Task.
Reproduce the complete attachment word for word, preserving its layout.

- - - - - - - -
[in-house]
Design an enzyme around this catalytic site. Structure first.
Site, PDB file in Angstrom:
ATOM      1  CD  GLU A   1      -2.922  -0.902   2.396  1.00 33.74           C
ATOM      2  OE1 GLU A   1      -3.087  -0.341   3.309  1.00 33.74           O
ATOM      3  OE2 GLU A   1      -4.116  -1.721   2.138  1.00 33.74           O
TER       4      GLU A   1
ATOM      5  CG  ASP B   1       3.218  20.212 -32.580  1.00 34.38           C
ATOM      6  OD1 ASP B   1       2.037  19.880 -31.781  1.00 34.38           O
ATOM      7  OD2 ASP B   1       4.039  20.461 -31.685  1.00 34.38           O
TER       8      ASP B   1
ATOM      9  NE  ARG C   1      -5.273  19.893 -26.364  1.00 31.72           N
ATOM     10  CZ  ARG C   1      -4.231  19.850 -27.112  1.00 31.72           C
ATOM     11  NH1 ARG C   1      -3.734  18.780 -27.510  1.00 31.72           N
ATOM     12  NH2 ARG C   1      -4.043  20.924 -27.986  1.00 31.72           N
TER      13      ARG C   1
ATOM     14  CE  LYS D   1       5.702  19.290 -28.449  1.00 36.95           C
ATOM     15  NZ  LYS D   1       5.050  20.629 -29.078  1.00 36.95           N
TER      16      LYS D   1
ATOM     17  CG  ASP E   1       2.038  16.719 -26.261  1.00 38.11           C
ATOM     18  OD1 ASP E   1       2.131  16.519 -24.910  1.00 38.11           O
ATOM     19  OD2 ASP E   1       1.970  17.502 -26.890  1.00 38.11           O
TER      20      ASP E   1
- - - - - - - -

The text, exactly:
[in-house]
Design an enzyme around this catalytic site. Structure first.
Site, PDB file in Angstrom:
ATOM      1  CD  GLU A   1      -2.922  -0.902   2.396  1.00 33.74           C
ATOM      2  OE1 GLU A   1      -3.087  -0.341   3.309  1.00 33.74           O
ATOM      3  OE2 GLU A   1      -4.116  -1.721   2.138  1.00 33.74           O
TER       4      GLU A   1
ATOM      5  CG  ASP B   1       3.218  20.212 -32.580  1.00 34.38           C
ATOM      6  OD1 ASP B   1       2.037  19.880 -31.781  1.00 34.38           O
ATOM      7  OD2 ASP B   1       4.039  20.461 -31.685  1.00 34.38           O
TER       8      ASP B   1
ATOM      9  NE  ARG C   1      -5.273  19.893 -26.364  1.00 31.72           N
ATOM     10  CZ  ARG C   1      -4.231  19.850 -27.112  1.00 31.72           C
ATOM     11  NH1 ARG C   1      -3.734  18.780 -27.510  1.00 31.72           N
ATOM     12  NH2 ARG C   1      -4.043  20.924 -27.986  1.00 31.72           N
TER      13      ARG C   1
ATOM     14  CE  LYS D   1       5.702  19.290 -28.449  1.00 36.95           C
ATOM     15  NZ  LYS D   1       5.050  20.629 -29.078  1.00 36.95           N
TER      16      LYS D   1
ATOM     17  CG  ASP E   1       2.038  16.719 -26.261  1.00 38.11           C
ATOM     18  OD1 ASP E   1       2.131  16.519 -24.910  1.00 38.11           O
ATOM     19  OD2 ASP E   1       1.970  17.502 -26.890  1.00 38.11           O
TER      20      ASP E   1